SLAS calls for Law Society to regain regulatory function for solicitors

Andrew Stevenson
Andrew Stevenson

The Law Society of Scotland should regain its regulatory function for solicitors from the “grossly inefficient” Scottish Legal Complaints Commission (SLCC), the Scottish Law Agents’ Society (SLAS) has said.

The SLCC, which is funded through a levy on practising lawyers, has proved controversial since its establishment in 2008.

Last year, both SLAS and the Law Society criticised the SLCC for proposing a 3.5 per cent increase in the levy despite the financial pressure on lawyers due to Covid-19 pandemic.

Andrew Stevenson, SLAS secretary, said the SLCC is “grossly inefficient, with an annual budget of around £4 million and around 60 full-time-equivalent staff to deal with a predicted number of only 1,200 new complaints”.

“It would be cheaper for the SLCC to pay £3,000 to every complainer at the outset,” he added.

Mr Stevenson said the SLCC justified its 3.5 per cent levy increase on the basis of an anticipated increase in complaints which turned out to be “wildly inaccurate” – and has now proposed a 10 per cent reduction instead.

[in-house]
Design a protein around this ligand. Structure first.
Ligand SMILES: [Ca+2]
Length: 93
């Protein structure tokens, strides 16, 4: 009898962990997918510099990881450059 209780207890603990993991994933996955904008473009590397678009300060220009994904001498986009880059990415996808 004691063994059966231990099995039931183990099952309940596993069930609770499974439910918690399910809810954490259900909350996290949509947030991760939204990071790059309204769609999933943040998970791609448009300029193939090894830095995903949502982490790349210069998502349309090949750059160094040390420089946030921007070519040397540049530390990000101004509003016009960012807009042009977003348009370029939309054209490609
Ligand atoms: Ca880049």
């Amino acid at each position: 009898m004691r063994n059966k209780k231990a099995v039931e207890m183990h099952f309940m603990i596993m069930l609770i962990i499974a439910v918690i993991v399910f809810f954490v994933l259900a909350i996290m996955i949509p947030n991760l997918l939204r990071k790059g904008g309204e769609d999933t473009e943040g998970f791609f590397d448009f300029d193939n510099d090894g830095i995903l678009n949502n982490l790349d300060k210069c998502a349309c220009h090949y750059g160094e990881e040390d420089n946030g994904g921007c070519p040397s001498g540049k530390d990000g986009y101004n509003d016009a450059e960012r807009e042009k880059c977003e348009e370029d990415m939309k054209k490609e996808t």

He said: “There simply are not enough complaints against solicitors in Scotland to justify funding a separate organisation to deal with them. The low numbers – which are statistics that we should be celebrating – do not merit the administrative costs which the SLCC generates.

“With regard to the figures … the Law Society seems to us to have been far more efficient than the SLCC in processing complaints.”

SLAS suggested that the Law Society should lose its representative role and retain a “solely regulatory function” in order to address concerns about an institutional members’ body dealing with consumer complaints fairly.


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